Our Story

My name is Dave Craven and welcome to Radon Vision Inc.  The roads leading to the creation of this company were both unexpected and eye-opening.

I first heard about radon shortly after my wife and I moved into our new home in 2014.  As new homeowners, we received an information brochure on radon from Health Canada but didn't take it too seriously at the time.  We believed if there were dangerously high levels of radon in our neighbourhood, we would have heard about it from a neighbour or some community source.  Fast forward four years later, having a 1.5-year-old daughter and another baby due in 6 months, I came across a story posted online about the affects of radon and decided to test our house.  My wife and I still remember reading the result and feeling sick.  We had exposed ourselves for four years, and our baby girl for the first 1.5 years of her life, to an average level of 1350 Bq/M3, which is almost seven times Health Canada's "Take action guidelines" of 200 Bq/M3.  Thus, my journey into the field of radon was born.

Building on my skills as a 16-year journeyman electrician, I obtained C-NRPP certification (Canadian - National Radon Proficiency Program) and have begun an exciting and meaningful career in radon measurement and mitigation.  Please continue below to learn more about the critically important role radon awareness plays while managing the complexities of your home.

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FAQs

What is radon?

Radon is a colourless, odourless, tasteless, radioactive gas found naturally in the environment.  Radon is released into the air during the natural breakdown of uranium in rocks and soil.

How does radon affect people?

Indoor radon levels are capable of reaching high concentrations, and long-term exposure dramatically increases an individual's lifetime risk of developing lung cancer.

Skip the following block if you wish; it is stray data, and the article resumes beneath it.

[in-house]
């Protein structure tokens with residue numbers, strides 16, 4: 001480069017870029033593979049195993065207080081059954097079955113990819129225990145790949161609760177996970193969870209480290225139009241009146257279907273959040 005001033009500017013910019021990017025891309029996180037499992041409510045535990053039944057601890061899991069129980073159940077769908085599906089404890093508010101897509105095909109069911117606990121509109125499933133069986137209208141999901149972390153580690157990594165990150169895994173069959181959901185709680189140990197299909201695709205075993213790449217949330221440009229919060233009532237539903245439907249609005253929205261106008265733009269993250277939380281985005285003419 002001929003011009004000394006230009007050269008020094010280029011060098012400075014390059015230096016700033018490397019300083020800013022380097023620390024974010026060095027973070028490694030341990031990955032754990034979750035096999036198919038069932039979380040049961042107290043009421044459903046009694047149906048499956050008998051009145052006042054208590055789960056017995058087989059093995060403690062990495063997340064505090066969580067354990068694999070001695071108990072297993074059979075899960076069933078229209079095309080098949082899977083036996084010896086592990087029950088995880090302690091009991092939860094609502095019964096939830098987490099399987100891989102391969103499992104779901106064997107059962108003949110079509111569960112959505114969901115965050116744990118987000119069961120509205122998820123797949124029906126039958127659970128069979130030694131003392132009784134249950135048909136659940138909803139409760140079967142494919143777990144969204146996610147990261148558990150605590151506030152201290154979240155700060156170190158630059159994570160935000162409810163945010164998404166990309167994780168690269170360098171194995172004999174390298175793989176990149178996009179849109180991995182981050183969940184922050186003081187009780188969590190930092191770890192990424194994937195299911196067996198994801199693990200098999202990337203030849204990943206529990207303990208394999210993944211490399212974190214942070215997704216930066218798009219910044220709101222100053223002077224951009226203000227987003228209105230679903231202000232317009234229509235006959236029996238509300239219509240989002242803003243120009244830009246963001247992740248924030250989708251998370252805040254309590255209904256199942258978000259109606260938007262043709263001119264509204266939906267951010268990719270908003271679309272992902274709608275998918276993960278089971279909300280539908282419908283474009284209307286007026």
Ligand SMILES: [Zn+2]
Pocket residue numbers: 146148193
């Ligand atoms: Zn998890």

An individual's risk depends on the radon level and duration of exposure.  Lung cancer can develop after many years of radon exposure.  Health Canada estimates ~16% of lung cancer deaths are related to radon exposure.  In fact, radon exposure is the LEADING CAUSE of lung cancer in non-smokers resulting in over 3,200 radon-related lung cancer deaths in Canada each year.

As a radioactive gas, radon decays.  During the decaying process, radon produces byproducts known as "radon daughters" or "radon progeny."  When radon gas is released into the air, it is inhaled into the lungs during the normal breathing process.  Further break-down occurs, thereby emitting "alpha particles" into the lungs.

Alpha particles release small bursts of energy, which are then absorbed by nearby lung tissue.  This results in lung cell death or damage.  When lung cells are damaged, they have the potential to result in cancer when they reproduce (mutation).

How does radon enter a home?

For most of the year, the air pressure inside your home is lower than the pressure in the soil surrounding your foundation.  This difference in pressure can draw soil gases, including radon, into the house.  Gas containing radon can enter your home at any opening where the house contacts the soil.  These openings can be present even in well-built and new houses. Potential entry routes for radon in homes include small cracks in the foundation or air openings around joints, fittings and pipes.

Why do I test in the lowest level of my home? Is radon just a basement problem?

Radon enters buildings from the ground, and it is a health risk when people are exposed to it for a duration of time. Therefore, radon test placement recommendations are based around these factors. Our recommendation is to test in the lowest level of your home (basement or main floor) that you spend at least 4 hours per day or more.

This doesn’t mean there isn’t radon in the other areas of your home; it just provides consistent guidance for most types of dwellings across Canada.  Air (and radon gas) can move easily throughout the entire space of a dwelling, and therefore elevated radon levels can be found in the 1st and 2nd floors of the home.  Typically, the levels are highest at the lowest levels.

What factors influence high radon levels in a home?

Due to many factors, it is not possible to predict the radon level in a home; testing is the only avenue by which to measure the radon level.  All homes contain some level of radon.  The levels can vary dramatically even between similar homes located next to each other.

The amount of radon in a home will depend on many factors including:

Soil characteristics: Radon concentrations can vary enormously depending on the uranium content of the soil.  The greater the source, the greater the potential that radon could enter a building.  In addition, radon flows more easily through some soils than others; for example through sand versus clay.